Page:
After 13 years of leadership from the Jane Austen Society of North America -- Greater Louisville, the lead sponsor for the Jane Austen Festival is now Locust Grove.
The annjual festival will be held at Locust Grove, 561 Blankenbaker Lane, to celebrate Jane Austen's work, as well as movie adaptations and life in the Regency period.
But this year, a the stories of the enslaved people of Locust Grove will be introduced so enable attendees to explore the intersections between race and power in the realms of literature, theater, visual arts, fashion, and more.
A new vision
A public statement issued from Locust Grove’s Executive Director Carol Ely discusses how the festival will for the first time incorporate the stories of the enslaved people who lived on Locust Grove from 1790 to 1849.
“We are here to tell the stories of the lives of the people who lived on this land, as fully as we can. Through programs, tours, publications, exhibits, and theatre, we strive to present the lives of the men, women, and children who lived in bondage here in their full humanity, not just as workers but as people with hopes, pain, family, traditions, and culture -- with souls. Their stories are now central to our work here.”
According to Ely’s statement, attendees from past festivals could inquire about the lives of enslaved people who lived on Locust Grove, but the topic was not a major part of the event. Now that Locust Grove has taken over the direction of the Festival from the local Jane Austin Society of North America, the stories of people in bondage will be featured.
“We may not always get it right in every detail, but we are committed to the journey, and we hope that those who are skeptical will come along with us as we try to create space to talk openly about the injustices and racism that existed in both Austen's world and in our own,” Ely’s statement concluded.
Because of the nature of the topic, Safe Spaces will be available and moderated in virtual or in-person rooms for Festival attendees to gather and process their thoughts about the topics surrounding Festival presentations.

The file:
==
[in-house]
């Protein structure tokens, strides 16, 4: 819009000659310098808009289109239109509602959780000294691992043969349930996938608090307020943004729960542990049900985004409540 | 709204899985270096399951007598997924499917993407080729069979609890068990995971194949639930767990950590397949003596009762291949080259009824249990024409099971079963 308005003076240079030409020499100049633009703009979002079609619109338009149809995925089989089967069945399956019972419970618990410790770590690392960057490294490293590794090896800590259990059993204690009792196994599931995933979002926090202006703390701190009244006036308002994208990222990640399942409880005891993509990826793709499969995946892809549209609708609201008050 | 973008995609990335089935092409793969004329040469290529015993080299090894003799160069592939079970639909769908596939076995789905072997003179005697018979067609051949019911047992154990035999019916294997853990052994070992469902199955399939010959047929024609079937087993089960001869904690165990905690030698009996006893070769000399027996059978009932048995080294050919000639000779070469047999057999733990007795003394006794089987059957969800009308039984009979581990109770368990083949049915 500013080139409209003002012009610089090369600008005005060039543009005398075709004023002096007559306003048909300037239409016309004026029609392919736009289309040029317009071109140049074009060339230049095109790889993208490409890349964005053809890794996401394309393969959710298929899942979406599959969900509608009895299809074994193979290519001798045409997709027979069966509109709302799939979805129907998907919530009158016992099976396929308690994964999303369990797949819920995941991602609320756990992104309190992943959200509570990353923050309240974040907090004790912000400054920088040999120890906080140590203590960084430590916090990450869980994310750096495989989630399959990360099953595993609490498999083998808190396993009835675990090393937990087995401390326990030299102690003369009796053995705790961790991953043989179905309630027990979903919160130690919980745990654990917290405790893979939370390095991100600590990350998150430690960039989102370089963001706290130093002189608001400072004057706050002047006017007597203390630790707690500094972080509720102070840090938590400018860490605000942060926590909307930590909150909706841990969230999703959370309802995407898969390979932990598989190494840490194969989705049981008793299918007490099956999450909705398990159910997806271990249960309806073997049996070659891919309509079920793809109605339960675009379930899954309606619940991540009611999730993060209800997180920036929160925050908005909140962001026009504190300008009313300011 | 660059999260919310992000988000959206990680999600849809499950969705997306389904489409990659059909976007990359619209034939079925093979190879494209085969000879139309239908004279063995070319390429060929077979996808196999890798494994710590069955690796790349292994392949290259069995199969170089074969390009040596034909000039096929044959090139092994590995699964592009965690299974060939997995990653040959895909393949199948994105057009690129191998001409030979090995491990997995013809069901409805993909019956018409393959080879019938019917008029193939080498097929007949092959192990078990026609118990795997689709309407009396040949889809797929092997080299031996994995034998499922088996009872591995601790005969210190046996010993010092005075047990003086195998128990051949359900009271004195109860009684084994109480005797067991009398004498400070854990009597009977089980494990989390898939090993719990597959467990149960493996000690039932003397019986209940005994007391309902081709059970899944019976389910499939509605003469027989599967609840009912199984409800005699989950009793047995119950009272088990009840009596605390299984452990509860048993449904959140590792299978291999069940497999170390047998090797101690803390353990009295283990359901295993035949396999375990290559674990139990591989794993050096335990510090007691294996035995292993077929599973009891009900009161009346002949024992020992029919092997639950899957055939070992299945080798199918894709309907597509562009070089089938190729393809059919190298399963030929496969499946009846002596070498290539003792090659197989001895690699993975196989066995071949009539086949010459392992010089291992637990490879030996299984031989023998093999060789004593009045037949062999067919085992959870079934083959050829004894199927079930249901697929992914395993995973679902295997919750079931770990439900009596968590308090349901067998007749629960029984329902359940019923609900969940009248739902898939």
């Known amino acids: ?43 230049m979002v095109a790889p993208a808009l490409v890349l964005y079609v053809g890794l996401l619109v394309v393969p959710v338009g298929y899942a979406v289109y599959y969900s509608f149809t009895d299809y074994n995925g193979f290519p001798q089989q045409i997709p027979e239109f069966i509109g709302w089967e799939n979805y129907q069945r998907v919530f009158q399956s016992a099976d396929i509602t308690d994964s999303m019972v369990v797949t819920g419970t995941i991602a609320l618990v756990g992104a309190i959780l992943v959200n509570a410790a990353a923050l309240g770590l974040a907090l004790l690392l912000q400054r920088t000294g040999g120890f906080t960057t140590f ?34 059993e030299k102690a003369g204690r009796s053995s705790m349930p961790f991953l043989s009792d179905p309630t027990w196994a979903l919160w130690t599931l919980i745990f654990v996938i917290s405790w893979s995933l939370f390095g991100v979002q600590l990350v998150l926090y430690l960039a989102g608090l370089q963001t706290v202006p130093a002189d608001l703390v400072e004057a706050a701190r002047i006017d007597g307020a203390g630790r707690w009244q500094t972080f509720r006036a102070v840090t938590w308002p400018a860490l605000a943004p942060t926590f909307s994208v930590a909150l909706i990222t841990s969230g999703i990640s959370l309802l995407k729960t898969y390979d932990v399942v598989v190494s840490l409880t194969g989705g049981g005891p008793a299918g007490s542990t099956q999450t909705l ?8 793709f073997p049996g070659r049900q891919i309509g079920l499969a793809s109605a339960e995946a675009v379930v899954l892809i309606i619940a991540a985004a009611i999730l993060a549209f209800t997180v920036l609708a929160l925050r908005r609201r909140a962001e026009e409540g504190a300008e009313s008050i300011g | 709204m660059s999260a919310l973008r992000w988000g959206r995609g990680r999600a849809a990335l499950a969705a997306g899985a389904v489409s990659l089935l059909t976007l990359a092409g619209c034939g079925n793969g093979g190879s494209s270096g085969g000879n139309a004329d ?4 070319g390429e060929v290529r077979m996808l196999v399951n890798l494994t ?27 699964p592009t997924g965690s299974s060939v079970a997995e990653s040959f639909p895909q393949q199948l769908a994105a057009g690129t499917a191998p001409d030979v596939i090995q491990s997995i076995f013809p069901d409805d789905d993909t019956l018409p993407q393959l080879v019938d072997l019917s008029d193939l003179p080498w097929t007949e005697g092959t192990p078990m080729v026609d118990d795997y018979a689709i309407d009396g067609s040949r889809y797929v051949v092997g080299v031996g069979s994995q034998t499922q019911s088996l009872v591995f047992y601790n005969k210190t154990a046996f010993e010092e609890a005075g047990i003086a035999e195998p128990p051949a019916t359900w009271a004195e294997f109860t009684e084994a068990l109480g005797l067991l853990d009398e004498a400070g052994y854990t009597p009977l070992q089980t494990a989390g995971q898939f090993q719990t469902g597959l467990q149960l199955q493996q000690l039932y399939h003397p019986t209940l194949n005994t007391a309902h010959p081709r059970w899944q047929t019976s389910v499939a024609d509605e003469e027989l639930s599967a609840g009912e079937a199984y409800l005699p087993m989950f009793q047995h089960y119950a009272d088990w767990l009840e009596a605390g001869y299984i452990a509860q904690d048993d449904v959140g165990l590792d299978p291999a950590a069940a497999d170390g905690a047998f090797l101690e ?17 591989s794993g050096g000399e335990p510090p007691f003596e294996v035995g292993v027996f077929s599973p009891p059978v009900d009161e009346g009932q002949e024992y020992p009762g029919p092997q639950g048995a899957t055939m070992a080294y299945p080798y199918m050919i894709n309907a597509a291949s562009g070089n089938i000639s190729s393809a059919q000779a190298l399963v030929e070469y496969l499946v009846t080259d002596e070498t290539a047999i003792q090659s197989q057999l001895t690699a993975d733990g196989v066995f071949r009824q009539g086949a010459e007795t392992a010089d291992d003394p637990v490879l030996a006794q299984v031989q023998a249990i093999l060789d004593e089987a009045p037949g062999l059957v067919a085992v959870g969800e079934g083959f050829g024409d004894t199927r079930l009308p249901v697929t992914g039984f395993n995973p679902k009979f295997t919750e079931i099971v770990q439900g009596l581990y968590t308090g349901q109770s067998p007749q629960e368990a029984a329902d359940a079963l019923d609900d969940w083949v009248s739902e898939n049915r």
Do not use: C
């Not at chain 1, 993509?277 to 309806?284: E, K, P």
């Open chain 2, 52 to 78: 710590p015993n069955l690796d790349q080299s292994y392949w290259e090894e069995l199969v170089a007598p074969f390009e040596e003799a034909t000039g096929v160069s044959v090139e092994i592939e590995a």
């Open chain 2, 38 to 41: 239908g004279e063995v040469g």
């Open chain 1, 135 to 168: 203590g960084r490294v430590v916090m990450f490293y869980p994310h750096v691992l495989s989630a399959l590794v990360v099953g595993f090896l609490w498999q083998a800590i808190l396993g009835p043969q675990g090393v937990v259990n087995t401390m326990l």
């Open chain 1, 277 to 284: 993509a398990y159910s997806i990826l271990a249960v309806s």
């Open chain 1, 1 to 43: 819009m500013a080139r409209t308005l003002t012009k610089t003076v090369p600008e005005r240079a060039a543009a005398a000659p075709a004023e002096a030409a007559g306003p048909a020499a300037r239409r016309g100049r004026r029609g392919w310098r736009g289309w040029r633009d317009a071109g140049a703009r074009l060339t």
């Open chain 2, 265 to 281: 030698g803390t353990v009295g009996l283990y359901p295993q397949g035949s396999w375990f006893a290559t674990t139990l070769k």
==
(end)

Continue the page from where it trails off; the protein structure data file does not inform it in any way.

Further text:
The Festival will include speakers who will examine the transatlantic slave trade and race relations in context of both Jane Austen's England and Locust Grove's America. Also available to attendess will be workshops, vendors booths, and food in “The Pump Room.”
Attendees can also explore all of Locust Grove, including the historic house, Louisa’s house, and the museum gallery.
A program that includes the in-person festival schedule can be found here. The festival will run from Friday, July 9 - Sunday, July 11. Walk-in admission is available for in-person activities. Virtual content will be available after the Festival only to those who purchased virtual Festival access. Virtual Festival access will run through Saturday, July 31.
About Locust Grove
Locust Grove is a Georgian mansion located in Louisville, Kentucky. Presidents James Monroe and Andrew Jackson, John James Audubon, Cassius Marcellus Clay, and Lewis and Clark—among others—all passed through Locust Grove. It is listed as a National Historic Landmark that offers a unique example of early Kentucky architecture, craftsmanship, and history.
About Jane Austen Society of North America-- Greater Louisville
The Jane Austen Society of North America--Greater Louisville is a non-profit organization in Louisville, Kentucky, dedicated to the enjoyment and appreciation of Jane Austen and her writing.
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